The Dominican Republic

There are several passages on this trip which give us pause for thought: the Gulf Stream, the Mona Passage…and the 130nm crossing from the T&C to the Dominican Republic. The strait is very deep and is subject to huge swells. The distance necessitates an overnight trip which means that we will not have access to current weather and there are not a lot of bailout options along the way.

With this sense of trepidation, we set off from Big Sand Cay after taking some hilarious “school photos” and having an early dinner.  To our pleasant surprise we had favourable winds, so shut off both engines and we were pushing almost 8kts.  The only problem is that we needed to arrive at sun-up and at this speed we would arrive at 0400.  We discussed pressing on as far as possible along the North coast but were unsure of the ports of entry, customs procedures and the duration of the weather window, so instead reefed the sails and timed our arrival in Puerta Plata for sunrise.

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Leaving Big Sand Cay

As we approached the coast the first thing we noticed was the smells wafting off the lush coastline. Tobacco, spices, smoke, coffee, earth and a thousand other unidentifiable sources all combined to fill the air with a rich and delicious fragrance.  As the sun poked through the clouds we were struck by the rising mountains covered in dense vegetation.  After the barren and desolate topography of the Bahamas, the T&C and even S Florida, the contrast was striking.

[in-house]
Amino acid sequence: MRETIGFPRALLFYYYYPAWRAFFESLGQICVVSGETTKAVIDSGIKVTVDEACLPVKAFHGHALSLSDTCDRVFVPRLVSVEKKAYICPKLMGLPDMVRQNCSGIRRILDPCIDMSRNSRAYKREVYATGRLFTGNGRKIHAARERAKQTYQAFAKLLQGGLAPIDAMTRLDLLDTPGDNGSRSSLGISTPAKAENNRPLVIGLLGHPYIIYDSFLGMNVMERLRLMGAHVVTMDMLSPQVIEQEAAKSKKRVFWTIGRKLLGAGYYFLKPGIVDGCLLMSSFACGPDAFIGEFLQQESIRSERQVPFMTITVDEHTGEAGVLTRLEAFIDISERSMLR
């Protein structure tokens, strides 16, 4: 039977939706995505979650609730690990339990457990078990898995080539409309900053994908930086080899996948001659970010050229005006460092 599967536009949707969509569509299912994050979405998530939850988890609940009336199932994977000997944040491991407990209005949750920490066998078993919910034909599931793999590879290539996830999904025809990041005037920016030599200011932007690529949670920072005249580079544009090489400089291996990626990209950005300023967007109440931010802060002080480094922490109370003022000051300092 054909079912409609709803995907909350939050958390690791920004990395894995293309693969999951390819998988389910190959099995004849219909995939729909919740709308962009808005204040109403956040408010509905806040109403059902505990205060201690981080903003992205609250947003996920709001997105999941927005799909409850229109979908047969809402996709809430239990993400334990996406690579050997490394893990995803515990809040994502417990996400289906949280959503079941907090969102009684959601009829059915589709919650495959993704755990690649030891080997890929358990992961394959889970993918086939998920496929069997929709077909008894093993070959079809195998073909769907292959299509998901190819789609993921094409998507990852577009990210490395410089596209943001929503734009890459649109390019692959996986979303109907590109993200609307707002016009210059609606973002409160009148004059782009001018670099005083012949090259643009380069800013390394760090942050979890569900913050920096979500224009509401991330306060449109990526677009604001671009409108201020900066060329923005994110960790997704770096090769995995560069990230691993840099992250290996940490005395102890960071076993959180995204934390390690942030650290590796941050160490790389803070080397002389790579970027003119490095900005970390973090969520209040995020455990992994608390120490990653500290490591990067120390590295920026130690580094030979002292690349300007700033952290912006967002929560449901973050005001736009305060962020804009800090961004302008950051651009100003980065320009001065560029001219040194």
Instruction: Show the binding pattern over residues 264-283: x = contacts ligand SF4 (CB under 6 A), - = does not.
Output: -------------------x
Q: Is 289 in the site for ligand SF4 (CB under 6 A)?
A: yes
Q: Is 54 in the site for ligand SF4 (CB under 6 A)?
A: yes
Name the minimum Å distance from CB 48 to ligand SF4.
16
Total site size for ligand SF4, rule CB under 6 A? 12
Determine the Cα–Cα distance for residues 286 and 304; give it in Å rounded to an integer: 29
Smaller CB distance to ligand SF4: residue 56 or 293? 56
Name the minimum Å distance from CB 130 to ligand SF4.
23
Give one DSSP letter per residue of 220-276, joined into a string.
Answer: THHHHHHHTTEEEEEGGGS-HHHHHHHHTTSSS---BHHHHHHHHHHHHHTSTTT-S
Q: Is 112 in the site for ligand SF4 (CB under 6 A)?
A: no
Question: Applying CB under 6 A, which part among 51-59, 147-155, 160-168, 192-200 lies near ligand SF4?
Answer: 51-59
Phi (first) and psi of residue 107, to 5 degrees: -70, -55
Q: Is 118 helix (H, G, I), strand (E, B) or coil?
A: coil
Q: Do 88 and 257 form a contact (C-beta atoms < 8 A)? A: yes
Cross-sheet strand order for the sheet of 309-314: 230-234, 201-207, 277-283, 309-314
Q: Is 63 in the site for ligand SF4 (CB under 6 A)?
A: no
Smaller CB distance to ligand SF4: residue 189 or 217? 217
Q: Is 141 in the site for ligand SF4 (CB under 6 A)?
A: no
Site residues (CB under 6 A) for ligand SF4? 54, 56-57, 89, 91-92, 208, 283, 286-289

We pulled into Ocean World which boasted pools, hot water, laundry, and grocery stores…. oh, the small luxuries in life! We only stayed one night at Ocean World which is an enormous marine/Sea World resort complex that was very empty.  The customs officials were polite and efficient and we found the Dominicans much more welcoming than the officials at our previous stops.  

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Leaving Ocean World

We thought we had a weather window and wanted to get the north coast of the DR out of the way so we left the following night into what was forecast to be light winds and stable seas….well it wasn’t.  Again, pictures never tell the full story but we quickly encountered squalls with winds in excess of 30kts and driving rain as waves crashed against the rocky shoreline.  

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Not impressed with Mommy taking a photo during a storm!
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The Skipper.  The Professor, Ginger and Mary-Ann are down below…
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First time pulling out our foul weather gear since we’ve been married!

Our strategy was to hug tight to the shore to take advantage of the katabatic winds to counter the trades but the darkness only hid the danger that existed a half mile to our starboard.  Glued to the radar, GPS and depth sounder we coasted the 23hrs around the North shore of the DR and when the sun finally came up, we were treated to a majestic shoreline that rose up out of the surf to greet us.

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Daybreak off the coast of Dominica Republic

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We entered the marina Puerto Bahia in Samaná just before noon, a little tired but no worse for wear. This area of the DR is remote and undeveloped and the marina is again part of a larger resort that is surprisingly empty.  I get the sense that they built the multi-million dollar resort without much market analysis and there seems to me more staff than clientele.  After my “build it and they will come” comment in the Bahamas, someone has built it and apparently no one has come.  Our more modest needs……..showers, laundry, and wifi make it seem like paradise on earth.